Lifetime Fitness

Up Close and Powerful With the Women of Nitro Rallycross

Nitro Rallycross’s star-studded season finale features fresh new faces and fast-changing demographics.

The usual off-road racing image involves grizzled old guys barreling through remote reaches of desolate desert, pushing beefed-up Broncos and lifted Jeeps to the limit for hours on end. A tad less typical—electric hatchbacks drifting on short courses with 100-foot jumps. Enter the 1,000-horsepower EVs of Nitro Rallycross Group E. 

It’s a mashup between Formula D and advanced F1 technology, where everyone feels like newcomers as screaming racecars and side-by-sides spray rooster tails of gravel while freestyle motocross riders launch 75-foot backflips nearby.

Among a group of racing royalty—which, over the years, has included the likes of creator Travis Pastrana, Ken Block, Tanner Foust, Brian Deegan, Terry Madden, Jenson Button, and more—the current crop of Nitro Rallycross drivers comprises a growing list of talented women—notably Amanda SorensenLeticia Bufoni, and Demi Bagby—fueling goals to expand the sport’s appeal and demographic draw. 

This past weekend’s season finale at Glen Helen Raceway in San Bernardino, CA, brought over 12,000 screaming fans out for an exciting night of on-track action and excitement.

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Nitro Rallycross Classes: Spec and Fun

NRX, as those in the know call it, started back in 2018, but expanded to an inaugural full season in 2021 with X-Games champion, occasional Nascar driver, and general adrenaline-fueled stunt junkie, Pastrana, as the series’ beating heart alongside the late Hoonigan head honcho, Block. In 2022, NRX went global, introducing a new Group E class featuring one of the most advanced racecars on the planet, FC1-X EV, built by First Corner LLC and QEV Technologies specifically to compete in Nitro Rallycross.

Related: Avicar Brings Remote Reality to Racing

Now, Pastrana and his compatriots—and, by extension, the entire traveling circus that is NRX—face the tall task of introducing rally racing to an American public generally unaccustomed to hearing about the legends of FIA WRC (World Rally Championship) and often entirely unaware of the ARA (American Rally Association).

I walked into Glen Helen to catch the last rounds of practice a few hours before Friday rush hour opened the floodgates on the ‘22–’23 season finale—complete with cheering fans and flowing beer as the cloudy afternoon transitioned to good-old-fashioned racing under the lights.

NRX splits into three classes made up essentially of spec cars: FC1-X EVs, a fleet of gas-powered NEXT hatchbacks, and a bunch of Can-Am Maverick X3 side-by-sides. Luckily, I bumped into Pikes Peak record-holder and NRX technical director Robin Shute, who helped me comprehend the scrum with a little primer on FC1-X.

“Hot numbers are over a thousand horsepower,” Shute says. “They have four electric motors all within the full-time four-wheel-drive system. The car is 800-volt, so it’s a high-voltage vehicle with a 50 kilowatt-hour battery pack. And the suspension travel, I believe, is about 12 or 13 inches.”

Michael Teo Van Runkle

Each race lasts between four and six laps of a winding, circuitous short track—with the choice of a 100-foot jump or a so-called “Joker” lap that skips the risk of leaping through space but adds time as a tradeoff. Still, putting 1,000 horsepower through an electric drivetrain at race pace must require serious batteries, right?

“What you find over a weekend is they’re not going from full charge to fully depleted each race,” Shute says. “They have enough charge and time to basically put back in what they used in the last race, so it’s slowly depleted throughout the day, but they’re not losing performance.”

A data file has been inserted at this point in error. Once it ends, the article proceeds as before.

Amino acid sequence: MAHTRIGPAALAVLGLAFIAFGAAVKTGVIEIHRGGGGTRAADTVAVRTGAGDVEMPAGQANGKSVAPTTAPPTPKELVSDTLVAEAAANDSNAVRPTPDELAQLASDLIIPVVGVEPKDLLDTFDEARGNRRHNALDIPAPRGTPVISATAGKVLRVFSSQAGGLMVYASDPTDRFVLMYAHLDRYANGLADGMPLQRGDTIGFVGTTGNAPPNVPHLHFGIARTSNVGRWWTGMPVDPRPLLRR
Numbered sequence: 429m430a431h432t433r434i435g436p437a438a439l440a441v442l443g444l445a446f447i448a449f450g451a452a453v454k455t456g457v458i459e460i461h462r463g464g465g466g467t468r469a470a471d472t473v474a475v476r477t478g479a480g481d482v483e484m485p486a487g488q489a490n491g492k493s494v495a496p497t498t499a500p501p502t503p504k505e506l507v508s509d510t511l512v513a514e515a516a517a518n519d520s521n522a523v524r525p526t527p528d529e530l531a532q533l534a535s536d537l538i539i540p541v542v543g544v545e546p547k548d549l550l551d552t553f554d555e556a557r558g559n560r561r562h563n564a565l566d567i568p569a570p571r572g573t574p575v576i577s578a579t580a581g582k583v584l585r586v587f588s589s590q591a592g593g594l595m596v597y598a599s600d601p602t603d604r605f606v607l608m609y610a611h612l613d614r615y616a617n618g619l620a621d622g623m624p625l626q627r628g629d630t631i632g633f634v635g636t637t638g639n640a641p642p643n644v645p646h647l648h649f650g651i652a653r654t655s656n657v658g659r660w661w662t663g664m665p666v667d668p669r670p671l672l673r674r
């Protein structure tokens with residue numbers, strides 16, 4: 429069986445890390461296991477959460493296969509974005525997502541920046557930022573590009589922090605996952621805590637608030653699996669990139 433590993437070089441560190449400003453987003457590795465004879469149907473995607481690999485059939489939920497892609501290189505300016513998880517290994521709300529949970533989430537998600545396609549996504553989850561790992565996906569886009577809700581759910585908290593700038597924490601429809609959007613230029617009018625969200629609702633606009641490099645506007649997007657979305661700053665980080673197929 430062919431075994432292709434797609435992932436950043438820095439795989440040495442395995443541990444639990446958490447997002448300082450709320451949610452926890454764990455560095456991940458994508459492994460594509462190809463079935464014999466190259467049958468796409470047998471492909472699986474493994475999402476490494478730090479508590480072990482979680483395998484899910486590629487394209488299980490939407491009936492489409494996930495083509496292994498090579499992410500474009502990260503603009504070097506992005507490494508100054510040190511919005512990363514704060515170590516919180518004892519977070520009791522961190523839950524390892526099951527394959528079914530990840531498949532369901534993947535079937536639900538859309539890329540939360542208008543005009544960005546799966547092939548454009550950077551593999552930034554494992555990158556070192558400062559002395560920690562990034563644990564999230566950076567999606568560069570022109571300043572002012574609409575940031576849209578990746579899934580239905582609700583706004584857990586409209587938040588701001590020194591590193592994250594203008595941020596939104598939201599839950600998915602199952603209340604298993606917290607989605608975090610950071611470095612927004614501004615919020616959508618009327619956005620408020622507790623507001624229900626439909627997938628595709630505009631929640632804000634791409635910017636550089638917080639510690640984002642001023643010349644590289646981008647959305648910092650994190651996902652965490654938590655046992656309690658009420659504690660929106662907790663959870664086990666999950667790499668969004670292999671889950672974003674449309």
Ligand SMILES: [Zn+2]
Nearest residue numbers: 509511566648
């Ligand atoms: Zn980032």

Related: Tony Stewart on the Smartest Racing Tip He’s Ever Heard

The cars actually charge and cool their batteries simultaneously between heats, which helps to keep the componentry flying around sideways simpler and lighter. While drivers exercise immense control push-pulling through drifts in the dirt, the cars’ impressive suspensions keep the actual bodies in smooth form. But Shute wants me to know how much tactical focus NRX requires, too, especially when it comes to picking the right time to take that mandatory Joker lap each driver must complete in a race.

“You’re mainly worried about time here,” he says. “This [Joker] is about seven seconds for Group E—and while there’s no golden, hard-and-fast rule when you choose or not, it can be key to a short race where you’ve only got four or six laps to make your move. It’s not like a 20-minute race where you can slowly chip away.”

The NEXT cars and side-by-sides don’t have enough power to make the 100-jump feasible, but two different pathways through the circuit still keep the Joker in play. Then there’s the fun stuff: Class 11 Volkswagen Beetles, plus a bunch of beat-up vans race between heats in significantly less serious fashion with windows and doors removed, spray-painted livery featuring off-color sarcastic references, and neon lights flashing.

The entire atmosphere at NRX caters toward that kind of fun for fans with an arena format allowing for easy access to drivers, racecars, pits and paddocks—plus the requisite beers, burgers, and energy drinks. DJ sets pound through the hillside, a bevy of announcers explain NRX rules, races, classes, and sponsor giveaways while Nitro Circus freestyle moto riders fling themselves into the sky with reckless abandon.

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Side-by-Sides Graduate to Serious Business

The side-by-side class originated as a celebrity guest program to help raise awareness for Nitro Rallycross by bringing in big names with serious social media followings. But the popularity of side-by-sides in general, as well as the fun of watching the low-power, long-travel carts sprint around the track, started attracting experienced racers, too. 

Pastrana and Shute both took their turns—Shute recounting whipping past Pastrana right before a spectacular end-over-end crash. At Glen Helen, experienced Can-Am drivers included King of the Hammers champ and NRX SxS crew chief, Scottie Lawrence; Extreme E and Formula Drift driver Amanda Sorensen; SCORE Trophy Truck Spec Class champion and X Games medalist, Sara Price; and this year’s eventual champion, Gregoire Michaud.

Aggressive drivers who can draw new demographics to Nitro Rallycross are in demand too, so NRX brought on six-time X Games (and Tokyo Olympic) gold medalist skateboarder Leticia Bufoni to drive, as well as inspirational CrossFitter-turned-fitness-influencer Demi Bagby

Related: Best Off-Roading Trips in America

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For Bufoni, the excitement of racing helped overcome the prospect of actually being bad at something for the first time in a long time. “My first race was the first time I’d ever been in the car,” she says. “I didn’t get any practice. I just went straight into that race against Travis Pastrana, Brian Deegan, Terry Madden, and all the big guys. I was the only girl, I didn’t know what I was doing, and I was really slow at first.”